Purpose of review: A better comprehension of the interactions between cells of the adaptive immune system with fibroblasts and endothelial cells is required to understand abnormal extracellular matrix deposition, development of pathologic fibrosis, and vasculopathy.
Recent findings: Skin T cells with high IL-4 production potential and peripheral blood T cells preferentially expressing chemokine receptors associated with Th2 functions are found in individuals with active systemic sclerosis. Animal models indicate that Th2 cells and IL-13 can induce muscular hypertrophy in pulmonary arterial vasculature. In bleomycin-induced fibrosis, B cells produce fibrogenic cytokines upon interaction of an endogenous ligand (hyaluronan) with toll-like receptor-4. In the sclerodermatous graft versus host model, the lack of tumor necrosis factor-production by CD4+ T cells is permissive for fibrosis development. Dermal fibrosis and capillary loss typical of systemic sclerosis can be reversible after high-dose immunosuppression and hematopoietic stem cell transplantation.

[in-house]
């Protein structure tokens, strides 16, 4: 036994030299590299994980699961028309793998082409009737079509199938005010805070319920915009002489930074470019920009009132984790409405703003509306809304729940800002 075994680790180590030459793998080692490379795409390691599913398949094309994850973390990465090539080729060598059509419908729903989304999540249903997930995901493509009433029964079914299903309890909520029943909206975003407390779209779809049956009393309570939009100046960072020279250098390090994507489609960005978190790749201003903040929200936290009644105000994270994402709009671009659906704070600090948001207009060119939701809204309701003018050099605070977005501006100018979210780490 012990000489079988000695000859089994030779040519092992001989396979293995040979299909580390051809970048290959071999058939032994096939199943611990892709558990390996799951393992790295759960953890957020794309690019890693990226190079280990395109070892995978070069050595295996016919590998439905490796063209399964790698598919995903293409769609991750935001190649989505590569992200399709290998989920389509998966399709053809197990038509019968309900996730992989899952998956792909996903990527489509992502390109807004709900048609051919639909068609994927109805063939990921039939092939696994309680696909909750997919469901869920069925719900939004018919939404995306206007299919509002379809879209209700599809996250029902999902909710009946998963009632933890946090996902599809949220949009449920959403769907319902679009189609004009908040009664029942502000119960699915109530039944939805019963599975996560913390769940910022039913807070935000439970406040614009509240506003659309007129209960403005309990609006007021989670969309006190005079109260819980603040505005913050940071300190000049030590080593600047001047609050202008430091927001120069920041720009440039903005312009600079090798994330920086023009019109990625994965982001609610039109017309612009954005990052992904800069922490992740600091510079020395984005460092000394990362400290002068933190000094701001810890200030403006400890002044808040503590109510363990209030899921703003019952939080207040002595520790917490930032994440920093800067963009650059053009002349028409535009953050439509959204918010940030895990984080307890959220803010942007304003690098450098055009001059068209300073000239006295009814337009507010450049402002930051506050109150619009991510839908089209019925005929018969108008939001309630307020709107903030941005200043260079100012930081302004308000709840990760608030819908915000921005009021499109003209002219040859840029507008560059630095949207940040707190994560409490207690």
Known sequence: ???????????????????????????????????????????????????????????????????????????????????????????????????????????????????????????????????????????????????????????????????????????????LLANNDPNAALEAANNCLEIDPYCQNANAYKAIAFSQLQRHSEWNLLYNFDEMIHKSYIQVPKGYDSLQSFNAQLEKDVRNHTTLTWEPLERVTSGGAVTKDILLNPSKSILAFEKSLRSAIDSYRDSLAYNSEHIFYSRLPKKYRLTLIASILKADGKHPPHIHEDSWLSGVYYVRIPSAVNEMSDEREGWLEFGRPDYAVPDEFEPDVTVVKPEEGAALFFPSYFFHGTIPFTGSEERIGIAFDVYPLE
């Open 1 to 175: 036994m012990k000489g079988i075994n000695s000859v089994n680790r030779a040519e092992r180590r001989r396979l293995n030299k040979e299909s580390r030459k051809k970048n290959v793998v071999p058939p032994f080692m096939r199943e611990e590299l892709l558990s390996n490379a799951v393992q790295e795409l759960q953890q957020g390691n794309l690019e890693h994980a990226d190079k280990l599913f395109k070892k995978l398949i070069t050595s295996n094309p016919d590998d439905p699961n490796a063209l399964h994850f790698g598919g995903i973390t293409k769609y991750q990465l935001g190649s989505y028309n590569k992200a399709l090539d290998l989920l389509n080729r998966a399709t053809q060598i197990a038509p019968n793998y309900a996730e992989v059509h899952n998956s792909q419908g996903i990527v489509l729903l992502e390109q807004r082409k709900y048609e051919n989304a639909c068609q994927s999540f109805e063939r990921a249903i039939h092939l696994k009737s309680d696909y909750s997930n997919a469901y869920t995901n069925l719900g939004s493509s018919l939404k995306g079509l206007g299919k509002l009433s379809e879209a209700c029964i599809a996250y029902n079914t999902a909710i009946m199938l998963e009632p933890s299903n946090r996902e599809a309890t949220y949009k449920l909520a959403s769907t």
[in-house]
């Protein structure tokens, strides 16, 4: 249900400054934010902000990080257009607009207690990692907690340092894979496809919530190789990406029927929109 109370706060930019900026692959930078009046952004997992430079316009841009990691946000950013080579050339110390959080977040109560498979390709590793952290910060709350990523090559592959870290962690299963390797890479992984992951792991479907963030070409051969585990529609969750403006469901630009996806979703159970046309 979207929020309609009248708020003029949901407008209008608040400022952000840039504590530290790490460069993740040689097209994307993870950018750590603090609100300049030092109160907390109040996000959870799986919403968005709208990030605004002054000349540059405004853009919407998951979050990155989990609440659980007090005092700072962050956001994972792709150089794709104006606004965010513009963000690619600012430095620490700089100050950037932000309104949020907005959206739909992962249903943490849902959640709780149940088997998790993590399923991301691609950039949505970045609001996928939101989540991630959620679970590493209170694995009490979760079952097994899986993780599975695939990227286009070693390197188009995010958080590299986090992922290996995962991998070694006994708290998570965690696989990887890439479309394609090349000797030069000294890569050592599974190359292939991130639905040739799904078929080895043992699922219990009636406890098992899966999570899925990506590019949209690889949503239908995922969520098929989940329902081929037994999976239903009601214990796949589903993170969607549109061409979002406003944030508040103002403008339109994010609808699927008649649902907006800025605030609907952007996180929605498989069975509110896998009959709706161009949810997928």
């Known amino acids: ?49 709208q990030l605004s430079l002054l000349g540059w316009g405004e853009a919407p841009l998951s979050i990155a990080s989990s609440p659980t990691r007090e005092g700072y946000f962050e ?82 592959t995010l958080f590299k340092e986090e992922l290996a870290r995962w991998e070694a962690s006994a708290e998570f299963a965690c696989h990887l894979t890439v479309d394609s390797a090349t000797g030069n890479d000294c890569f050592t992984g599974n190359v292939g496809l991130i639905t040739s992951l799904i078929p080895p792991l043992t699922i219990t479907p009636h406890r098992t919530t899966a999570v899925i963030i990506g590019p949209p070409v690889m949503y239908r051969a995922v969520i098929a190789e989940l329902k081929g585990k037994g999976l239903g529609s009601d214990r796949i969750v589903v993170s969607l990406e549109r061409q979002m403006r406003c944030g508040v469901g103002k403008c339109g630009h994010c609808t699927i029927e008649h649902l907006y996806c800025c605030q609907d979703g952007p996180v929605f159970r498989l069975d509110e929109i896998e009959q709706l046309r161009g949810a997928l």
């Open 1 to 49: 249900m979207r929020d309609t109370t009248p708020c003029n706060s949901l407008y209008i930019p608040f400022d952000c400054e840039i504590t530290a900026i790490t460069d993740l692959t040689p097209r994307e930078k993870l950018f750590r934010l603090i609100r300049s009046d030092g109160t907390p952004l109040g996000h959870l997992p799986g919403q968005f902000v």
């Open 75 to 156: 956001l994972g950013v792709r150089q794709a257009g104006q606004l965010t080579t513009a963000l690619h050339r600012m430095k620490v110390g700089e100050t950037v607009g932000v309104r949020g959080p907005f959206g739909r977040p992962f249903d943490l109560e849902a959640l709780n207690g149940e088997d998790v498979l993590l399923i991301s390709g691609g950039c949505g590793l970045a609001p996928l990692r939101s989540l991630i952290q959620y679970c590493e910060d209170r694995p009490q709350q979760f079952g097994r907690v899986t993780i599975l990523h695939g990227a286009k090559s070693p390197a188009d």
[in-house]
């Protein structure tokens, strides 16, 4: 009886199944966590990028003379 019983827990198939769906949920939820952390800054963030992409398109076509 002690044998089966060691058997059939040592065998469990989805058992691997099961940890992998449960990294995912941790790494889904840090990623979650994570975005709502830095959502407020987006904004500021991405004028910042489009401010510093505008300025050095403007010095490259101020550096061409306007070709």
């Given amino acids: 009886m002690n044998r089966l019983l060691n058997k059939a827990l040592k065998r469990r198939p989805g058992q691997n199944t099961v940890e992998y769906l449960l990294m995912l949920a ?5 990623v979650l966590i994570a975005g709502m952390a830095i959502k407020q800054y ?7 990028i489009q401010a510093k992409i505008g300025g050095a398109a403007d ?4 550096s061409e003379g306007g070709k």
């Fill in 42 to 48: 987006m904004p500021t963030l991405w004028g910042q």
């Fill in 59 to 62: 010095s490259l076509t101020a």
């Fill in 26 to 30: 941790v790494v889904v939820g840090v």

Summary: Although immunosuppressive strategies to treat patients with systemic sclerosis and allied conditions are largely disappointing, thus indicating a permissive rather than causative role of immunoinflammatory events characteristic of the disease, new findings stress that cells of the adaptive immune system play important roles in assisting fibrogenesis and vascular abnormalities. This may help in identifying efficacious strategies aimed at their control.